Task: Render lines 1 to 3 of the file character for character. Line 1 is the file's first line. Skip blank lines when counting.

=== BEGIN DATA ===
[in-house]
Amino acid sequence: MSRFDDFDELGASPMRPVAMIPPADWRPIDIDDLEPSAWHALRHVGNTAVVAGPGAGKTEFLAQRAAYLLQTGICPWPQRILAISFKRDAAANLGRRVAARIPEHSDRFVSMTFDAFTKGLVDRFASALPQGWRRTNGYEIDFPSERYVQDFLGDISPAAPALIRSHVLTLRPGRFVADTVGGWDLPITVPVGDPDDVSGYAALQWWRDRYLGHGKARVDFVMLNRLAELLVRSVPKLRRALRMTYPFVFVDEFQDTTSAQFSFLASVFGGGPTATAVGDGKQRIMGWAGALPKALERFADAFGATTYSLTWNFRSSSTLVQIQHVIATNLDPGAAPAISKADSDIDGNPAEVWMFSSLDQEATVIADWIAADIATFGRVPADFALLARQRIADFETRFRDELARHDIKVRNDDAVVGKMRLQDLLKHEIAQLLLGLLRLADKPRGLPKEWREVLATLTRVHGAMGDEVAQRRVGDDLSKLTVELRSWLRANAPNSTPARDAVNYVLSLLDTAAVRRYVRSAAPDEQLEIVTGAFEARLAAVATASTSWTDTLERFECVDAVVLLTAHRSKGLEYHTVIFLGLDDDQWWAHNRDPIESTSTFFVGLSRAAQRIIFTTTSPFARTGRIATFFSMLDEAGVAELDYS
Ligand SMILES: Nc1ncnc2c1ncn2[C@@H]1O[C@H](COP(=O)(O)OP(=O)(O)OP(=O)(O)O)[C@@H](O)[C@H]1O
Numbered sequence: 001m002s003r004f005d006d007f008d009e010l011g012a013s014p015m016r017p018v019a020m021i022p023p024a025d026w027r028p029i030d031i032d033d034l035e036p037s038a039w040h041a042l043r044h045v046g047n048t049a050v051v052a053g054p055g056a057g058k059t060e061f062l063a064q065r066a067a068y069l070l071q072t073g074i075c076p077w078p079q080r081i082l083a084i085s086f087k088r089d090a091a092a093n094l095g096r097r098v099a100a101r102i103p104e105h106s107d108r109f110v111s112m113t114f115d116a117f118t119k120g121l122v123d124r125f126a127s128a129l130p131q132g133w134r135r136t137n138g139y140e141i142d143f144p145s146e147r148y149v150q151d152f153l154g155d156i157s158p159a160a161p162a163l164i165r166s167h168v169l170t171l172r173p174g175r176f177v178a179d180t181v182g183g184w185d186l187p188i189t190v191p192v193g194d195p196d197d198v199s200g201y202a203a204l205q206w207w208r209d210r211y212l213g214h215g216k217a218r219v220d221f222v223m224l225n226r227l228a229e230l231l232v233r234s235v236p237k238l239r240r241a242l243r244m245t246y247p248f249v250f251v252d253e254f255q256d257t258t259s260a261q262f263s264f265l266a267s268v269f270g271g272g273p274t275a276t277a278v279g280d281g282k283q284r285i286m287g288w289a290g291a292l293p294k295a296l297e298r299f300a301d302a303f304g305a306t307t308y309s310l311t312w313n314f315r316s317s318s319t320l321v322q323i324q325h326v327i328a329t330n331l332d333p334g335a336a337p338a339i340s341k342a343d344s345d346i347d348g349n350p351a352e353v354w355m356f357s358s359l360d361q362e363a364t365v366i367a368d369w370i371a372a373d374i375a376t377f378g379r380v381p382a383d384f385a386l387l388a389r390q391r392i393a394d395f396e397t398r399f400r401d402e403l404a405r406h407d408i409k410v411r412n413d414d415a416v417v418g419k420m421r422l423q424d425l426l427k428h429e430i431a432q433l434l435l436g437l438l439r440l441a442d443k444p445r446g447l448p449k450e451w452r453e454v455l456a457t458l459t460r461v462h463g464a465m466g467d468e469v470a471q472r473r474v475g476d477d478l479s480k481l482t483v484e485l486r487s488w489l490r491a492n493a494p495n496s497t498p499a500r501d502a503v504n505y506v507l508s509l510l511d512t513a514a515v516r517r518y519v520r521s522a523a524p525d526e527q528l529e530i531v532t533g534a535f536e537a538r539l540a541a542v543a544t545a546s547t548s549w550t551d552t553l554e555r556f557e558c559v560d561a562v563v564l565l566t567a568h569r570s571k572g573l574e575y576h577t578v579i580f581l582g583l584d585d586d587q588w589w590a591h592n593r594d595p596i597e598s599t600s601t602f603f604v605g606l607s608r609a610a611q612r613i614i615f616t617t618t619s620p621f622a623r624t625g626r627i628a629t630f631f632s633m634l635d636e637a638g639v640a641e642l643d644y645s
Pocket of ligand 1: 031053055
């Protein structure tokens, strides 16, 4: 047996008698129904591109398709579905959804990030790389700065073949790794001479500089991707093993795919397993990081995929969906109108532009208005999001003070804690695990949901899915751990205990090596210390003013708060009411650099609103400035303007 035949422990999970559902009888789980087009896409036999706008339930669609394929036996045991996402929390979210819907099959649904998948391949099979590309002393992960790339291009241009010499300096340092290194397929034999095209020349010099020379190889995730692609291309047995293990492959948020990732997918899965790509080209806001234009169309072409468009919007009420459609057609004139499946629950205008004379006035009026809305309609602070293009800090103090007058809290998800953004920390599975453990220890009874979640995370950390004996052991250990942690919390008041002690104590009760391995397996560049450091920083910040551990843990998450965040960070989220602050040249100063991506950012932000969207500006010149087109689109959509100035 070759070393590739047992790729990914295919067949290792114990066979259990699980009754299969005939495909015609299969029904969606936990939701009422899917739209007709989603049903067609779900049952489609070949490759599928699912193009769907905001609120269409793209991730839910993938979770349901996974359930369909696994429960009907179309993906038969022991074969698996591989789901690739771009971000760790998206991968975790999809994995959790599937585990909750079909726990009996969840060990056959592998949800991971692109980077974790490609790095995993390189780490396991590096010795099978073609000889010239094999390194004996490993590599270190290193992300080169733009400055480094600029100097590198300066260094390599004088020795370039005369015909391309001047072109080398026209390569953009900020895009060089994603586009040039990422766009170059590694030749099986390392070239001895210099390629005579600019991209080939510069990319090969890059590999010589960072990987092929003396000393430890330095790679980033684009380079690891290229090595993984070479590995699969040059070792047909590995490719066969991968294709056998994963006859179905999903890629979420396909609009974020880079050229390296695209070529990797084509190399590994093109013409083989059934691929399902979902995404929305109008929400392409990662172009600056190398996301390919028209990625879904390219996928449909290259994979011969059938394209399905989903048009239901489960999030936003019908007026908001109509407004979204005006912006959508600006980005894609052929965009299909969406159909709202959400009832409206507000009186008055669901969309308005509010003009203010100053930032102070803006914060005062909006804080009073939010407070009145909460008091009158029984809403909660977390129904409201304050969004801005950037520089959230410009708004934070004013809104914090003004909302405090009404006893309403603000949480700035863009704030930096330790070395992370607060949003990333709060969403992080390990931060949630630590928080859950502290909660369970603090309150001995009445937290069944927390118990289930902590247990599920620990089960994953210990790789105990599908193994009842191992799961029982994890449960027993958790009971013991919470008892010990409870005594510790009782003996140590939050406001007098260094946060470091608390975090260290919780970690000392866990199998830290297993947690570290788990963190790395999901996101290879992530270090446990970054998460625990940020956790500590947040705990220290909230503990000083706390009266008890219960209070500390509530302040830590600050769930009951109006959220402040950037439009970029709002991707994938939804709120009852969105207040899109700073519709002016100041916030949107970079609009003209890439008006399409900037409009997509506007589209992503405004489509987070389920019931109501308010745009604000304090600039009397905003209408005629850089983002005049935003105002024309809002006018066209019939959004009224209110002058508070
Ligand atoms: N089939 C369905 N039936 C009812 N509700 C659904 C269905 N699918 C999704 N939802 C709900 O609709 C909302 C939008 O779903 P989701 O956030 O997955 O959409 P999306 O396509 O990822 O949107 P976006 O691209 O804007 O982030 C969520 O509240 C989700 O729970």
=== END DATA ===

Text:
[in-house]
Amino acid sequence: MSRFDDFDELGASPMRPVAMIPPADWRPIDIDDLEPSAWHALRHVGNTAVVAGPGAGKTEFLAQRAAYLLQTGICPWPQRILAISFKRDAAANLGRRVAARIPEHSDRFVSMTFDAFTKGLVDRFASALPQGWRRTNGYEIDFPSERYVQDFLGDISPAAPALIRSHVLTLRPGRFVADTVGGWDLPITVPVGDPDDVSGYAALQWWRDRYLGHGKARVDFVMLNRLAELLVRSVPKLRRALRMTYPFVFVDEFQDTTSAQFSFLASVFGGGPTATAVGDGKQRIMGWAGALPKALERFADAFGATTYSLTWNFRSSSTLVQIQHVIATNLDPGAAPAISKADSDIDGNPAEVWMFSSLDQEATVIADWIAADIATFGRVPADFALLARQRIADFETRFRDELARHDIKVRNDDAVVGKMRLQDLLKHEIAQLLLGLLRLADKPRGLPKEWREVLATLTRVHGAMGDEVAQRRVGDDLSKLTVELRSWLRANAPNSTPARDAVNYVLSLLDTAAVRRYVRSAAPDEQLEIVTGAFEARLAAVATASTSWTDTLERFECVDAVVLLTAHRSKGLEYHTVIFLGLDDDQWWAHNRDPIESTSTFFVGLSRAAQRIIFTTTSPFARTGRIATFFSMLDEAGVAELDYS
Ligand SMILES: Nc1ncnc2c1ncn2[C@@H]1O[C@H](COP(=O)(O)OP(=O)(O)OP(=O)(O)O)[C@@H](O)[C@H]1O